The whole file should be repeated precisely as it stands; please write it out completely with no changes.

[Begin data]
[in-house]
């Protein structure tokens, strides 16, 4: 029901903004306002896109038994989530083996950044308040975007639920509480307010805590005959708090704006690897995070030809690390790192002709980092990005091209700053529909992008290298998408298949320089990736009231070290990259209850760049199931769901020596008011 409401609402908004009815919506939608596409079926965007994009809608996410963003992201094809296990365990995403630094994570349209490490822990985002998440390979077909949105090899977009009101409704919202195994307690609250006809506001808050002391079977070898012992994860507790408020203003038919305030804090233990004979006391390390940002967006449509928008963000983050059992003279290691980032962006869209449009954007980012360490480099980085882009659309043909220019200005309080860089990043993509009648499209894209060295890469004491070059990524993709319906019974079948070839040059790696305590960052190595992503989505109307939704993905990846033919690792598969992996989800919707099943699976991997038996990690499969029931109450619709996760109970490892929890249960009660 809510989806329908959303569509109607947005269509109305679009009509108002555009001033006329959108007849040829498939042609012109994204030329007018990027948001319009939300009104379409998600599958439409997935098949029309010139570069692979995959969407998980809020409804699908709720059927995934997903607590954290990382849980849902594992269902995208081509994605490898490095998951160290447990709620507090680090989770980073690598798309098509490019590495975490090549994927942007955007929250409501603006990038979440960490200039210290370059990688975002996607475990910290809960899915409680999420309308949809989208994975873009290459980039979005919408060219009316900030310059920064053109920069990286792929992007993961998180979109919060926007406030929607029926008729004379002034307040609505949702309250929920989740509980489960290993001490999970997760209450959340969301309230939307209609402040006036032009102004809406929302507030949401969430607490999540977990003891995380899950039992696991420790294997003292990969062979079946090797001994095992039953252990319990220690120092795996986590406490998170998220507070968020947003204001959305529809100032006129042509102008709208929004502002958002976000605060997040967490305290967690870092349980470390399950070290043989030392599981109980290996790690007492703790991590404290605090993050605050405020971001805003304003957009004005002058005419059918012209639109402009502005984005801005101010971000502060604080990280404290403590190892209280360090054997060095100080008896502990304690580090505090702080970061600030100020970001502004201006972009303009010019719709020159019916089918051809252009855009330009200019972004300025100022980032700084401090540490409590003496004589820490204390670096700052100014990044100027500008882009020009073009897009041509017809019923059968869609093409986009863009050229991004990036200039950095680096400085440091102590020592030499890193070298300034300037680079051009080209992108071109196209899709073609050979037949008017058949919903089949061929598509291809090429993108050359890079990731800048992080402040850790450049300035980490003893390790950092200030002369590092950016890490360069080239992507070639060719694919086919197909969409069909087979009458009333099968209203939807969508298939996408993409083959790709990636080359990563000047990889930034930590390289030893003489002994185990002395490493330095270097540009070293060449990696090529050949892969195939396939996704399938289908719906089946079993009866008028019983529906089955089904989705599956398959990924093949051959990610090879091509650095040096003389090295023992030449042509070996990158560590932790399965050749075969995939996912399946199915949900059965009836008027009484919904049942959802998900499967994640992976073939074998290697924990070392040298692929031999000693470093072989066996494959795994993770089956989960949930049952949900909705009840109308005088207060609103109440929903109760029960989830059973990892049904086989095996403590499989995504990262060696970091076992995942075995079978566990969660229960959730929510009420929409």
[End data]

[in-house]
């Protein structure tokens, strides 16, 4: 029901903004306002896109038994989530083996950044308040975007639920509480307010805590005959708090704006690897995070030809690390790192002709980092990005091209700053529909992008290298998408298949320089990736009231070290990259209850760049199931769901020596008011 409401609402908004009815919506939608596409079926965007994009809608996410963003992201094809296990365990995403630094994570349209490490822990985002998440390979077909949105090899977009009101409704919202195994307690609250006809506001808050002391079977070898012992994860507790408020203003038919305030804090233990004979006391390390940002967006449509928008963000983050059992003279290691980032962006869209449009954007980012360490480099980085882009659309043909220019200005309080860089990043993509009648499209894209060295890469004491070059990524993709319906019974079948070839040059790696305590960052190595992503989505109307939704993905990846033919690792598969992996989800919707099943699976991997038996990690499969029931109450619709996760109970490892929890249960009660 809510989806329908959303569509109607947005269509109305679009009509108002555009001033006329959108007849040829498939042609012109994204030329007018990027948001319009939300009104379409998600599958439409997935098949029309010139570069692979995959969407998980809020409804699908709720059927995934997903607590954290990382849980849902594992269902995208081509994605490898490095998951160290447990709620507090680090989770980073690598798309098509490019590495975490090549994927942007955007929250409501603006990038979440960490200039210290370059990688975002996607475990910290809960899915409680999420309308949809989208994975873009290459980039979005919408060219009316900030310059920064053109920069990286792929992007993961998180979109919060926007406030929607029926008729004379002034307040609505949702309250929920989740509980489960290993001490999970997760209450959340969301309230939307209609402040006036032009102004809406929302507030949401969430607490999540977990003891995380899950039992696991420790294997003292990969062979079946090797001994095992039953252990319990220690120092795996986590406490998170998220507070968020947003204001959305529809100032006129042509102008709208929004502002958002976000605060997040967490305290967690870092349980470390399950070290043989030392599981109980290996790690007492703790991590404290605090993050605050405020971001805003304003957009004005002058005419059918012209639109402009502005984005801005101010971000502060604080990280404290403590190892209280360090054997060095100080008896502990304690580090505090702080970061600030100020970001502004201006972009303009010019719709020159019916089918051809252009855009330009200019972004300025100022980032700084401090540490409590003496004589820490204390670096700052100014990044100027500008882009020009073009897009041509017809019923059968869609093409986009863009050229991004990036200039950095680096400085440091102590020592030499890193070298300034300037680079051009080209992108071109196209899709073609050979037949008017058949919903089949061929598509291809090429993108050359890079990731800048992080402040850790450049300035980490003893390790950092200030002369590092950016890490360069080239992507070639060719694919086919197909969409069909087979009458009333099968209203939807969508298939996408993409083959790709990636080359990563000047990889930034930590390289030893003489002994185990002395490493330095270097540009070293060449990696090529050949892969195939396939996704399938289908719906089946079993009866008028019983529906089955089904989705599956398959990924093949051959990610090879091509650095040096003389090295023992030449042509070996990158560590932790399965050749075969995939996912399946199915949900059965009836008027009484919904049942959802998900499967994640992976073939074998290697924990070392040298692929031999000693470093072989066996494959795994993770089956989960949930049952949900909705009840109308005088207060609103109440929903109760029960989830059973990892049904086989095996403590499989995504990262060696970091076992995942075995079978566990969660229960959730929510009420929409």